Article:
Frank Neppe told party members in an angry letter that he was quitting the party faction in the NRW parliament as well as leaving the party itself.
In the letter seen by DPA, Neppe complained that statements made by party leaders were “steering the party ever further towards the right of the political spectrum”.
In the run up to the national election the AfD campaign leader Alexander Gauland made several highly controversial statements, including calling for Germany to show pride in the achievements of its soldiers in the Second World War. He also said that a Social Democrat politician of Turkish heritage should be “dumped” in Anatolia.
Neppe said in his letter that the controversial statements strengthened far-left activists in their belief that it was justified to threaten AfD politicians. He claimed that the party had “offered no help whatsoever” when his house was attacked.
“I'm very disappointed with the way certain members have been more concerned with satisfying their own egos rather than dealing with the issues at hand,” the letter stated.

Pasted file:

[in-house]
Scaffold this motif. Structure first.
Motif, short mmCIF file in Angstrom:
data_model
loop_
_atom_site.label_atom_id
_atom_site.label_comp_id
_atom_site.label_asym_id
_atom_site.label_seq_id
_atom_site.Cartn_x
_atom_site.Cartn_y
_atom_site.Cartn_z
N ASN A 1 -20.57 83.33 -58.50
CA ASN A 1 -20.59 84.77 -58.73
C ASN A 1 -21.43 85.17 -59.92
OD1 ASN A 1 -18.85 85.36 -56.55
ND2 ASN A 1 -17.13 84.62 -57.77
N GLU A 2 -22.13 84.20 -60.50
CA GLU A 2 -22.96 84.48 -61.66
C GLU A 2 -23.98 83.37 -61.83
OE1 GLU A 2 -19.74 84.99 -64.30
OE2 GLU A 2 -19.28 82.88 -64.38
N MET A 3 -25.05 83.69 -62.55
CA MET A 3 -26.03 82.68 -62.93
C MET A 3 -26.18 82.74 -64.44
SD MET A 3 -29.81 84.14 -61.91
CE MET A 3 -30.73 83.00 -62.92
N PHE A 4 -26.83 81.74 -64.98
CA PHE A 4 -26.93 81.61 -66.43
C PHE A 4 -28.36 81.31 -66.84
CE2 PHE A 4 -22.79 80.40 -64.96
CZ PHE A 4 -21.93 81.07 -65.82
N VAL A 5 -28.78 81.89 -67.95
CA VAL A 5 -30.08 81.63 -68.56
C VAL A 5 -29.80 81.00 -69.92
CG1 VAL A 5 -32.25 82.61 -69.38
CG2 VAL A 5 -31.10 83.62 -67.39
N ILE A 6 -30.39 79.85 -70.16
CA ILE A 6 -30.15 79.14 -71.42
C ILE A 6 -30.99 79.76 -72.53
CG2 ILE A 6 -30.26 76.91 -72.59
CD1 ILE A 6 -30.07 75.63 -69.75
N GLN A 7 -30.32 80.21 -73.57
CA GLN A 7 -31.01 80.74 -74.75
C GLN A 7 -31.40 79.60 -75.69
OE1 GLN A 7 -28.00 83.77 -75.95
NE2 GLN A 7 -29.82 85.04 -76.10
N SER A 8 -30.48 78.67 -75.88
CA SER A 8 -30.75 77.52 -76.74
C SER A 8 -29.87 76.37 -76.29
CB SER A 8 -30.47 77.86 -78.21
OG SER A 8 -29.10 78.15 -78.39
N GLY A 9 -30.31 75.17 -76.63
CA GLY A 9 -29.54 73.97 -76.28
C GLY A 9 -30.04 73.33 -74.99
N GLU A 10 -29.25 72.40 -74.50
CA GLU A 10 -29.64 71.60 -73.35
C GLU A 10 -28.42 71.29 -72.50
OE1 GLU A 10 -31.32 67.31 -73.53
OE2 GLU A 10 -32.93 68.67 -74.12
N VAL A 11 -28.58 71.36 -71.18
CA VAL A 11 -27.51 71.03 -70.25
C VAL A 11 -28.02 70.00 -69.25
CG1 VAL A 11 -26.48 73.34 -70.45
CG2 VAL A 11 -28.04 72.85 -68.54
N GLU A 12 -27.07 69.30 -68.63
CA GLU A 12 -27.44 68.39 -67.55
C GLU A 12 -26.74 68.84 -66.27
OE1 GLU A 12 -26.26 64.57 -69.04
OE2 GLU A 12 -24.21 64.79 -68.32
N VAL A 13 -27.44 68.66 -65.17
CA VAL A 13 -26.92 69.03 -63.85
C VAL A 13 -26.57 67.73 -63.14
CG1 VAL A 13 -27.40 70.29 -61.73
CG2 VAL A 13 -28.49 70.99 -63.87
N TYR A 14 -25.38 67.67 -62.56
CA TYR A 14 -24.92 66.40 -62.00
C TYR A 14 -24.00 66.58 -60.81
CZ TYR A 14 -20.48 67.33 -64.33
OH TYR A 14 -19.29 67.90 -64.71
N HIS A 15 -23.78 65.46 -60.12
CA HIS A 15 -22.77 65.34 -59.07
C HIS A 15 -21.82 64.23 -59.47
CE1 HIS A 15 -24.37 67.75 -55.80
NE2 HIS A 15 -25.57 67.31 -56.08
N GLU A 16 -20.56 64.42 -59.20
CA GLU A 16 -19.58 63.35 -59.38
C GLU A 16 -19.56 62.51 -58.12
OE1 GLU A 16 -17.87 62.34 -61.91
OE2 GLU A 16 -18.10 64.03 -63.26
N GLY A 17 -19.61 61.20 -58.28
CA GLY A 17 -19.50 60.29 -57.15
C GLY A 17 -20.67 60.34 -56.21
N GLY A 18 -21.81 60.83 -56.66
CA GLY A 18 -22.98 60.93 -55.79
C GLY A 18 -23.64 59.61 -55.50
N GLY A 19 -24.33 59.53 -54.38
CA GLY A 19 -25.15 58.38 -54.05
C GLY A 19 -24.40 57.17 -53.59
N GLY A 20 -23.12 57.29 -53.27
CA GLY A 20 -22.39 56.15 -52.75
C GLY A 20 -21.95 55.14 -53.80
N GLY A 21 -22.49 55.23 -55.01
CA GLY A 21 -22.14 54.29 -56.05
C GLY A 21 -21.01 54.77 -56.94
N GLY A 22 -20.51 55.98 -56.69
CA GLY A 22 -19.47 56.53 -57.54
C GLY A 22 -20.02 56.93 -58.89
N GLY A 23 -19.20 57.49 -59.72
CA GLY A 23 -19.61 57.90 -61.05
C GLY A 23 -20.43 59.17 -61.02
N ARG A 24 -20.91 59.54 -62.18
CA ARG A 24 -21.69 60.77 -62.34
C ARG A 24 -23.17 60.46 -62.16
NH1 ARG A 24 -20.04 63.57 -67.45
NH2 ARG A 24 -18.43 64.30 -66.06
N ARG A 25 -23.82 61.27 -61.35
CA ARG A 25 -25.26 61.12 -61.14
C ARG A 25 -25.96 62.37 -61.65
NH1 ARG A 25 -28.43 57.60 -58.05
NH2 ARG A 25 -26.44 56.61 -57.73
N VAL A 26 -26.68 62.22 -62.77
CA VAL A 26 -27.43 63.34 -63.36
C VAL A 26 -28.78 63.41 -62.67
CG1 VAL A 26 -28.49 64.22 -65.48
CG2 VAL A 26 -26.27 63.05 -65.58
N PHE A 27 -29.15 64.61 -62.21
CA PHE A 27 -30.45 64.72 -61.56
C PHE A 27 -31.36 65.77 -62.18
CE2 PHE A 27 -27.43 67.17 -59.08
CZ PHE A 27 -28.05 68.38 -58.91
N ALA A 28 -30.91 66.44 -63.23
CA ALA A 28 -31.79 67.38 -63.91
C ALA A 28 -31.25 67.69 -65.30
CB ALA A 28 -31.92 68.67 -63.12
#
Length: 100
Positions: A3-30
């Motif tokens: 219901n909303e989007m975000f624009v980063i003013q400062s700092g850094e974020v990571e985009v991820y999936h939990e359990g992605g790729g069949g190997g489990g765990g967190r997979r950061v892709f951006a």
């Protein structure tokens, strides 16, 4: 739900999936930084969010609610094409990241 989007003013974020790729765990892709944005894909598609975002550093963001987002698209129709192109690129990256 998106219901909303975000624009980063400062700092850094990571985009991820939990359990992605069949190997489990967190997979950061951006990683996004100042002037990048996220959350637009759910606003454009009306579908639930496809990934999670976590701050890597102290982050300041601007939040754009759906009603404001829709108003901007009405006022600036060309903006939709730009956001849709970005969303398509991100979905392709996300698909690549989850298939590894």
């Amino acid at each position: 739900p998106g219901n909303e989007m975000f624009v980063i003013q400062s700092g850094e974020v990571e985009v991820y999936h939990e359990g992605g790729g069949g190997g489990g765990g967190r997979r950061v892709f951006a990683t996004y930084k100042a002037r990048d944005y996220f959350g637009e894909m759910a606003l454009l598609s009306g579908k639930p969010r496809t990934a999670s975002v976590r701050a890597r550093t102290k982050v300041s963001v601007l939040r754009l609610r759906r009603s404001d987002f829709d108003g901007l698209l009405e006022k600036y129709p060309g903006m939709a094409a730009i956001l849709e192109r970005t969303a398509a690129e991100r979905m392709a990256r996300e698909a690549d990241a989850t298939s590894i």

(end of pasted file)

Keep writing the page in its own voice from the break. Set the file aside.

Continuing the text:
“Just like a flag in the wind they change their opinions to always try and stay on the side of the apparent majority. That they also now support forces who are unavoidably dragging this party towards societal acceptability is of no concern to them.”
The wave of resignations from party factions in state parliaments and in the Bundestag (German parliament) began when the party chairwoman Frauke Petry dramatically announced at a press conference after the national election that she was quitting.
The surprise announcement left fellow party leaders seated beside her stunned and grabbed the headlines away from the far-right party's success the previous day, when they won 12.6 percent of the national vote.
Since then, Petry's husband, Marcus Pretzell, who was leader of the party in NRW, is one of several politicians to quit the AfD ranks.
In the Bundestag, newly elected MP Mario Mieruch announced last week he would be leaving the party, while in state parliaments in Saxony, NRW and Mecklenburg-Western Pomerania eleven AfD politicians have so far deserted their factions.